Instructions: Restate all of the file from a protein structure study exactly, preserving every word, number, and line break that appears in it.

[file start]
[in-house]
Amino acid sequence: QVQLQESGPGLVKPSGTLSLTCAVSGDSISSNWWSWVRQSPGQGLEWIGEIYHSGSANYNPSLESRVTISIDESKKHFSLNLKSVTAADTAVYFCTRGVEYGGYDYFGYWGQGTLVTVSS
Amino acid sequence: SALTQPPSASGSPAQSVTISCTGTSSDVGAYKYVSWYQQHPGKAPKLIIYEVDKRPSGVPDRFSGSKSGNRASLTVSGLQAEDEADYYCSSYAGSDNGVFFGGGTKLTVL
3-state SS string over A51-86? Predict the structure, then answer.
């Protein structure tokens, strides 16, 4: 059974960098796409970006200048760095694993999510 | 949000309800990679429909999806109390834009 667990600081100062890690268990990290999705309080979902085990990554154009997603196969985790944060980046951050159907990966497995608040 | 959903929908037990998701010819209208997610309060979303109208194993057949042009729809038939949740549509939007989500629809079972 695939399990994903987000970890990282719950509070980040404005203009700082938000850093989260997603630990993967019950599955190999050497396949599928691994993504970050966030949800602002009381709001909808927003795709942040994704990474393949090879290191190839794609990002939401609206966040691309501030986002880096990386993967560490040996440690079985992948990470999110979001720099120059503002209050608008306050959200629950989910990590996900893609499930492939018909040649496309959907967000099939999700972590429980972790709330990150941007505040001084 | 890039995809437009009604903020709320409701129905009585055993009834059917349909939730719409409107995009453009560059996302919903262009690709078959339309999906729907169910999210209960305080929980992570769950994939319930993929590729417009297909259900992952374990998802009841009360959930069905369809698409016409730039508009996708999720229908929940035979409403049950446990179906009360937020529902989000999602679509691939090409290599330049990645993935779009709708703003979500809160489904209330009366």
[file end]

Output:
[in-house]
Amino acid sequence: QVQLQESGPGLVKPSGTLSLTCAVSGDSISSNWWSWVRQSPGQGLEWIGEIYHSGSANYNPSLESRVTISIDESKKHFSLNLKSVTAADTAVYFCTRGVEYGGYDYFGYWGQGTLVTVSS
Amino acid sequence: SALTQPPSASGSPAQSVTISCTGTSSDVGAYKYVSWYQQHPGKAPKLIIYEVDKRPSGVPDRFSGSKSGNRASLTVSGLQAEDEADYYCSSYAGSDNGVFFGGGTKLTVL
3-state SS string over A51-86? Predict the structure, then answer.
């Protein structure tokens, strides 16, 4: 059974960098796409970006200048760095694993999510 | 949000309800990679429909999806109390834009 667990600081100062890690268990990290999705309080979902085990990554154009997603196969985790944060980046951050159907990966497995608040 | 959903929908037990998701010819209208997610309060979303109208194993057949042009729809038939949740549509939007989500629809079972 695939399990994903987000970890990282719950509070980040404005203009700082938000850093989260997603630990993967019950599955190999050497396949599928691994993504970050966030949800602002009381709001909808927003795709942040994704990474393949090879290191190839794609990002939401609206966040691309501030986002880096990386993967560490040996440690079985992948990470999110979001720099120059503002209050608008306050959200629950989910990590996900893609499930492939018909040649496309959907967000099939999700972590429980972790709330990150941007505040001084 | 890039995809437009009604903020709320409701129905009585055993009834059917349909939730719409409107995009453009560059996302919903262009690709078959339309999906729907169910999210209960305080929980992570769950994939319930993929590729417009297909259900992952374990998802009841009360959930069905369809698409016409730039508009996708999720229908929940035979409403049950446990179906009360937020529902989000999602679509691939090409290599330049990645993935779009709708703003979500809160489904209330009366």